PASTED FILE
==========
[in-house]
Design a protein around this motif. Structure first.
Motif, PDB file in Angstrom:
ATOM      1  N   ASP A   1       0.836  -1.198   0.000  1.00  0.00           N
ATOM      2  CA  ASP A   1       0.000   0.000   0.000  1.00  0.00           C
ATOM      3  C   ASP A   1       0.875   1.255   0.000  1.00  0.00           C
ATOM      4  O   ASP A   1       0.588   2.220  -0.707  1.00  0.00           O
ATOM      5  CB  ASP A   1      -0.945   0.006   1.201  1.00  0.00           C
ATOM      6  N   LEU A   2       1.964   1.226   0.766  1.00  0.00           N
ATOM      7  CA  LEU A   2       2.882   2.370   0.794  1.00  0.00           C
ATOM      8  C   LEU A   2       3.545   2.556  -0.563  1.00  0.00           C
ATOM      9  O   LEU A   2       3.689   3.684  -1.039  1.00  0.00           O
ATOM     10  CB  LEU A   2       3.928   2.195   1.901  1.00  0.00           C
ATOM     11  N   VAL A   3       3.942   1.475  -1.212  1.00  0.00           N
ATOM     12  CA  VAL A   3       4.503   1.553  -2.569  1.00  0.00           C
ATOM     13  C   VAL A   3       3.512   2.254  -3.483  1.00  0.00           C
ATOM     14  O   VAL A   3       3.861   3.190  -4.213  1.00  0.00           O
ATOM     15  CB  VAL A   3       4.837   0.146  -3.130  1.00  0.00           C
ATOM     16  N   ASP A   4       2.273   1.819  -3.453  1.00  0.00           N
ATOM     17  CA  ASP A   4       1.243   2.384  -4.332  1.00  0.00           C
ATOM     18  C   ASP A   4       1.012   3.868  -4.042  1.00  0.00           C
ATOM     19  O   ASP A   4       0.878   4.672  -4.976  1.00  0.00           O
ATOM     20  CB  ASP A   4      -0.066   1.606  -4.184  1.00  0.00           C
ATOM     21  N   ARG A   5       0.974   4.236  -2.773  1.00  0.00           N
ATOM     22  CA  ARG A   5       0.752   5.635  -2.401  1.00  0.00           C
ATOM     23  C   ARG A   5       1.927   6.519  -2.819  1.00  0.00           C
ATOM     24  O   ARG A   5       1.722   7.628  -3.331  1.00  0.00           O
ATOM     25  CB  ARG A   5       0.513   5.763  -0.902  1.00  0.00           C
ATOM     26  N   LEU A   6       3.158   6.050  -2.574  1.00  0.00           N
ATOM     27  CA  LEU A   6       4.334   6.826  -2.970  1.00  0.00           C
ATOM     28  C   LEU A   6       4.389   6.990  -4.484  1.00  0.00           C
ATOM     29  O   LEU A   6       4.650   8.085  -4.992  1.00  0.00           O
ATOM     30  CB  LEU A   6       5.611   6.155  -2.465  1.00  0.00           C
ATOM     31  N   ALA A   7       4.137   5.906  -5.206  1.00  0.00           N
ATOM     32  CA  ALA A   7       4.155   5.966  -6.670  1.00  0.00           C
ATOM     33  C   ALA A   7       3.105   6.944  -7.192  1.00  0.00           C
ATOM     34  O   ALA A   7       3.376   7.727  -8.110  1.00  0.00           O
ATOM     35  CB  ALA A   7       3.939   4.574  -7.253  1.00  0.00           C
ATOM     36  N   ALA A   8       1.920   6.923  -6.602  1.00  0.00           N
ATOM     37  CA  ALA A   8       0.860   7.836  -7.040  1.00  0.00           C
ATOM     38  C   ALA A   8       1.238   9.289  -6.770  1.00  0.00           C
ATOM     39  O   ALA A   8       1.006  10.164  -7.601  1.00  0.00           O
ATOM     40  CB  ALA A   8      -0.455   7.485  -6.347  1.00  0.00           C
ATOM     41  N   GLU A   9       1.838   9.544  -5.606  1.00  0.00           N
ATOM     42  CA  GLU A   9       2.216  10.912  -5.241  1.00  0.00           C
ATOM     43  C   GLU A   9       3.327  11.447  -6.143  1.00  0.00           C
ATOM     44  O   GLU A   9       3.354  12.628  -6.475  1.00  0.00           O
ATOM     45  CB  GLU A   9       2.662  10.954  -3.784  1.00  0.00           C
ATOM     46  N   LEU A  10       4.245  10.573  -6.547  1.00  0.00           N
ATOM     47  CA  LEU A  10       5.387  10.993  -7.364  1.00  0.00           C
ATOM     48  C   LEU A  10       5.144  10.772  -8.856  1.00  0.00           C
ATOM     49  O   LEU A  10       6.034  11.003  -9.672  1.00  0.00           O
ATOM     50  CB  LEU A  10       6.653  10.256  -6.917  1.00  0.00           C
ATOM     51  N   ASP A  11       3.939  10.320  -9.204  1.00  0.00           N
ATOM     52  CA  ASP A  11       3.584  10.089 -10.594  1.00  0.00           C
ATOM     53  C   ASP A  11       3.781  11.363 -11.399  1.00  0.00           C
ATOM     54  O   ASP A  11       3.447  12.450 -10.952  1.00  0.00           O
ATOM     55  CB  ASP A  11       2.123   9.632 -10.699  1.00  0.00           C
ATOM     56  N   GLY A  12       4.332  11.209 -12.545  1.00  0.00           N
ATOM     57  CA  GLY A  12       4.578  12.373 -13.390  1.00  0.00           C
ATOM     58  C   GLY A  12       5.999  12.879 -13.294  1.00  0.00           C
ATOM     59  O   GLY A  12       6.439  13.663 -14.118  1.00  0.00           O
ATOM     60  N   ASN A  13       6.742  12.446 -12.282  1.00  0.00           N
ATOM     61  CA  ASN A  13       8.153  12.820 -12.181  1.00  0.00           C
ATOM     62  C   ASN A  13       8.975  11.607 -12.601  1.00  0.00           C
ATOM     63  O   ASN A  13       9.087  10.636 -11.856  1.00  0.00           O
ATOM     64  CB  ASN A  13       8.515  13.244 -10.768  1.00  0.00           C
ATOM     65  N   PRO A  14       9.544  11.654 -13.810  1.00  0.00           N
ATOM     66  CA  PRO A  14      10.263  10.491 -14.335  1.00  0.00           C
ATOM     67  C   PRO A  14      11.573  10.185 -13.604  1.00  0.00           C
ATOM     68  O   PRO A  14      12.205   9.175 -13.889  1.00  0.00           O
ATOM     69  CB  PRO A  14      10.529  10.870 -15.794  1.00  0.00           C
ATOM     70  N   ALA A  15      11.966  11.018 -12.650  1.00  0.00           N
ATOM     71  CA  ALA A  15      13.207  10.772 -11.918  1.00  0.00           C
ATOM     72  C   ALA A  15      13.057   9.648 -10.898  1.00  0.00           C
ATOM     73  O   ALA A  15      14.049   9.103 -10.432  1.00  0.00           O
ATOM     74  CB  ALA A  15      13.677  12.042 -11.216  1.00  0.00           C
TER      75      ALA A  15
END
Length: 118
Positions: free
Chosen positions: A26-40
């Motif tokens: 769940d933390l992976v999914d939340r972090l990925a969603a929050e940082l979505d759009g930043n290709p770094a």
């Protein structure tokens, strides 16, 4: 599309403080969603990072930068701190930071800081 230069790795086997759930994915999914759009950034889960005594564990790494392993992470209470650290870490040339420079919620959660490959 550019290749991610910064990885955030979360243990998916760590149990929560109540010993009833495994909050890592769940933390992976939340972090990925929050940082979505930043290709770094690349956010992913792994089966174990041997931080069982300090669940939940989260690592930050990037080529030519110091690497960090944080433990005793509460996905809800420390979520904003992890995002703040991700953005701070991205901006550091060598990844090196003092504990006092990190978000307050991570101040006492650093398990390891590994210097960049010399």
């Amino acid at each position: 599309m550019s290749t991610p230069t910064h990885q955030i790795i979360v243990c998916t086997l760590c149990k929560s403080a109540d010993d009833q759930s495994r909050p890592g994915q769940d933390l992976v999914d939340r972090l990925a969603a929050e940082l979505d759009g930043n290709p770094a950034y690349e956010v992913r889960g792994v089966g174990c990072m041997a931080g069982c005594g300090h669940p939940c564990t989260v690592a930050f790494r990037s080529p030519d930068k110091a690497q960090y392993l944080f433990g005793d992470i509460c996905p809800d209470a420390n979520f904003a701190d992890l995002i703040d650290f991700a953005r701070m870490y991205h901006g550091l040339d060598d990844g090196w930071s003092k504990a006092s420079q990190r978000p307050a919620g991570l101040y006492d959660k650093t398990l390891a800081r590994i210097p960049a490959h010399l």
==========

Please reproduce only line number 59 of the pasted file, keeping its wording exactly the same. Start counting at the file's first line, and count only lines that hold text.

ATOM     56  N   GLY A  12       4.332  11.209 -12.545  1.00  0.00           N